Intern Q&A: How to make PIE
Alec Hill, a biomedical engineering grad student from UW-Madison, and Alex Upadhyaya, an Industrial Designer from the Milwaukee Institute of Art and Design, were half of the 2018 summer intern team at Delve.
Intern Q&A: How to make PIE
Along with two other Badgers: biomedical engineering grad student Luz Maria Neira, and mechanical engineering student Laura Kramer, they were tasked with developing virtual reality into a tool for Delve's product development process.
The goal was to create an impactful tool that was useful and adoptable within the company. The interns took this open-ended idea and came up with a tool that will enhance prototyping and concept review. It’s called PIE - Prototype Interaction Environment. This system utilizes HTC Vive VR technology along with the game development software Unity to attach virtual 3D models to low-fidelity physical models by using a tracking sensor. This allows designers and engineers at Delve to physically interact with computer-generated models, making concept review more tangible, and eliminating the need to do extensive physical prototyping.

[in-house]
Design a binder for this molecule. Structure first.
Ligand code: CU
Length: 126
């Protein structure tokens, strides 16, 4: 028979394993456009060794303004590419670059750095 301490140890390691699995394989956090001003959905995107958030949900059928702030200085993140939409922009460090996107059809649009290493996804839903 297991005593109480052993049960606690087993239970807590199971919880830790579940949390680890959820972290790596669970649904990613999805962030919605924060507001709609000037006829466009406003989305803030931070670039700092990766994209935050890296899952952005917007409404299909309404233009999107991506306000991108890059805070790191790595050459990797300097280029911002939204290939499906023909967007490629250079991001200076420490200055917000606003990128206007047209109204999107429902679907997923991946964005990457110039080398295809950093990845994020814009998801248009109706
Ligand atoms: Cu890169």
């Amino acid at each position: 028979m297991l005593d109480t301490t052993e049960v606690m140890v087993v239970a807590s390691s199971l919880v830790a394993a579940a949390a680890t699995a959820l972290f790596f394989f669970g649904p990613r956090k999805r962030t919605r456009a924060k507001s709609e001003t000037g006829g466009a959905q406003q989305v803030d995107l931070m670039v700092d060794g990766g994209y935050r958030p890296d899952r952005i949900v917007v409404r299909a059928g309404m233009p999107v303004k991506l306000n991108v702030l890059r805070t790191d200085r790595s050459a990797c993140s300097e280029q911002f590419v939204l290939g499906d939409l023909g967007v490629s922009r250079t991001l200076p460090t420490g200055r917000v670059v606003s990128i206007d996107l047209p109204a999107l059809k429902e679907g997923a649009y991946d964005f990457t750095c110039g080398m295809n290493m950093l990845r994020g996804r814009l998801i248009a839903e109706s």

Throughout the rest of this post, Alec and Alex answer questions about their process, results, and perspective on the project.
How much experience did you have with VR before beginning this project?
Alec: Absolutely zero. The first time I tried on a VR headset was my first day here.
Alex: Yeah, same here. I had no idea of the possible implication of VR in industrial design, let alone how it worked.
What was the hardest part of developing PIE?
Alec: The coding, hands down. Before starting here, I knew nothing about C# or how it worked. Getting the code to work properly and have it not break the rest of our work as things got more complex was a real challenge. Getting the orientation and position of the tracked objects right every time, regardless of how they were modeled, or how the tracker was placed, was also an endeavor. It took some tricky mechanics to get it just right every time.